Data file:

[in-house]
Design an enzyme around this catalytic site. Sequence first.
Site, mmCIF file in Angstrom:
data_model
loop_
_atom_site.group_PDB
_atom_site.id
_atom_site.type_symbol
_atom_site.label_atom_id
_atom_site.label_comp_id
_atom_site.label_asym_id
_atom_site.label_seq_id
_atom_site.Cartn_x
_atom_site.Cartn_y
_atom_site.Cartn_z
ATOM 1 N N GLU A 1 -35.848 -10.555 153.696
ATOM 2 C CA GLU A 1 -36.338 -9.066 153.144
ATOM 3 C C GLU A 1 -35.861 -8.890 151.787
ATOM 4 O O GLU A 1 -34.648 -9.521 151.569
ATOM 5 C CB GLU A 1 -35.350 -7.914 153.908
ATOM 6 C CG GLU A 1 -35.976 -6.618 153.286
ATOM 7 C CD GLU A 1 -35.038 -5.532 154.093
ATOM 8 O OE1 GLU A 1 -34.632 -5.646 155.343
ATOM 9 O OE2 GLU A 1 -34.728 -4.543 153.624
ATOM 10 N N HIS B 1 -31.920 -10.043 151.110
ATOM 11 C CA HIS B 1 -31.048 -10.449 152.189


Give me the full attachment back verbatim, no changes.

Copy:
[in-house]
Design an enzyme around this catalytic site. Sequence first.
Site, mmCIF file in Angstrom:
data_model
loop_
_atom_site.group_PDB
_atom_site.id
_atom_site.type_symbol
_atom_site.label_atom_id
_atom_site.label_comp_id
_atom_site.label_asym_id
_atom_site.label_seq_id
_atom_site.Cartn_x
_atom_site.Cartn_y
_atom_site.Cartn_z
ATOM 1 N N GLU A 1 -35.848 -10.555 153.696
ATOM 2 C CA GLU A 1 -36.338 -9.066 153.144
ATOM 3 C C GLU A 1 -35.861 -8.890 151.787
ATOM 4 O O GLU A 1 -34.648 -9.521 151.569
ATOM 5 C CB GLU A 1 -35.350 -7.914 153.908
ATOM 6 C CG GLU A 1 -35.976 -6.618 153.286
ATOM 7 C CD GLU A 1 -35.038 -5.532 154.093
ATOM 8 O OE1 GLU A 1 -34.632 -5.646 155.343
ATOM 9 O OE2 GLU A 1 -34.728 -4.543 153.624
ATOM 10 N N HIS B 1 -31.920 -10.043 151.110
ATOM 11 C CA HIS B 1 -31.048 -10.449 152.189